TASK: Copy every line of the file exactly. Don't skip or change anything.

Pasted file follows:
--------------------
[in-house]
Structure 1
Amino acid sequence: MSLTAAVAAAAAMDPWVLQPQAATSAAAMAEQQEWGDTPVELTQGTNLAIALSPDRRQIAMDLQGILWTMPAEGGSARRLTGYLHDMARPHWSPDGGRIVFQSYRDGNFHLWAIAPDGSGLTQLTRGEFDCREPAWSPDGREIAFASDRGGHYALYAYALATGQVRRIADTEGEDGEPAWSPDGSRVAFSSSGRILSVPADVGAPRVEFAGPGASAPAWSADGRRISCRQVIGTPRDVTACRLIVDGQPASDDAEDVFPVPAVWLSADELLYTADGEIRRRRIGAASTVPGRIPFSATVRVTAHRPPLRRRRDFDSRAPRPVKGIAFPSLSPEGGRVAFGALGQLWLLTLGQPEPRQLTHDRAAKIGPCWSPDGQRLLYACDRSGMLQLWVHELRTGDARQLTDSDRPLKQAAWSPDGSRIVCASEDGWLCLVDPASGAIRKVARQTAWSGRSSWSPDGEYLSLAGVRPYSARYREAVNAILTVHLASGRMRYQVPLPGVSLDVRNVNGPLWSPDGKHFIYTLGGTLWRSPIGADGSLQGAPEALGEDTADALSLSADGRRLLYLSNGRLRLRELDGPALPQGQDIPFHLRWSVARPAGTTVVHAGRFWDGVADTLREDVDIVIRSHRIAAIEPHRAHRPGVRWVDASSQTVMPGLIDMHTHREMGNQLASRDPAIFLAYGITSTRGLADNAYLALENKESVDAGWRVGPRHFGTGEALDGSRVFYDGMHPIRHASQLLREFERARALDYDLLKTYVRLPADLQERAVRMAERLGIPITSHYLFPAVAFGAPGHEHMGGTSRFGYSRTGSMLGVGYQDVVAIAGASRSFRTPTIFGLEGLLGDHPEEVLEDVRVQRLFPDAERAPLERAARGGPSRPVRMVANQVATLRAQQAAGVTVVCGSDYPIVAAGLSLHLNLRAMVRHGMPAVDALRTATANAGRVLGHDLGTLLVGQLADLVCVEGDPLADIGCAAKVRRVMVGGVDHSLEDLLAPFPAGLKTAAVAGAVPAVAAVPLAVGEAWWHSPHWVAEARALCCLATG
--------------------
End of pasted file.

[in-house]
Structure 1
Amino acid sequence: MSLTAAVAAAAAMDPWVLQPQAATSAAAMAEQQEWGDTPVELTQGTNLAIALSPDRRQIAMDLQGILWTMPAEGGSARRLTGYLHDMARPHWSPDGGRIVFQSYRDGNFHLWAIAPDGSGLTQLTRGEFDCREPAWSPDGREIAFASDRGGHYALYAYALATGQVRRIADTEGEDGEPAWSPDGSRVAFSSSGRILSVPADVGAPRVEFAGPGASAPAWSADGRRISCRQVIGTPRDVTACRLIVDGQPASDDAEDVFPVPAVWLSADELLYTADGEIRRRRIGAASTVPGRIPFSATVRVTAHRPPLRRRRDFDSRAPRPVKGIAFPSLSPEGGRVAFGALGQLWLLTLGQPEPRQLTHDRAAKIGPCWSPDGQRLLYACDRSGMLQLWVHELRTGDARQLTDSDRPLKQAAWSPDGSRIVCASEDGWLCLVDPASGAIRKVARQTAWSGRSSWSPDGEYLSLAGVRPYSARYREAVNAILTVHLASGRMRYQVPLPGVSLDVRNVNGPLWSPDGKHFIYTLGGTLWRSPIGADGSLQGAPEALGEDTADALSLSADGRRLLYLSNGRLRLRELDGPALPQGQDIPFHLRWSVARPAGTTVVHAGRFWDGVADTLREDVDIVIRSHRIAAIEPHRAHRPGVRWVDASSQTVMPGLIDMHTHREMGNQLASRDPAIFLAYGITSTRGLADNAYLALENKESVDAGWRVGPRHFGTGEALDGSRVFYDGMHPIRHASQLLREFERARALDYDLLKTYVRLPADLQERAVRMAERLGIPITSHYLFPAVAFGAPGHEHMGGTSRFGYSRTGSMLGVGYQDVVAIAGASRSFRTPTIFGLEGLLGDHPEEVLEDVRVQRLFPDAERAPLERAARGGPSRPVRMVANQVATLRAQQAAGVTVVCGSDYPIVAAGLSLHLNLRAMVRHGMPAVDALRTATANAGRVLGHDLGTLLVGQLADLVCVEGDPLADIGCAAKVRRVMVGGVDHSLEDLLAPFPAGLKTAAVAGAVPAVAAVPLAVGEAWWHSPHWVAEARALCCLATG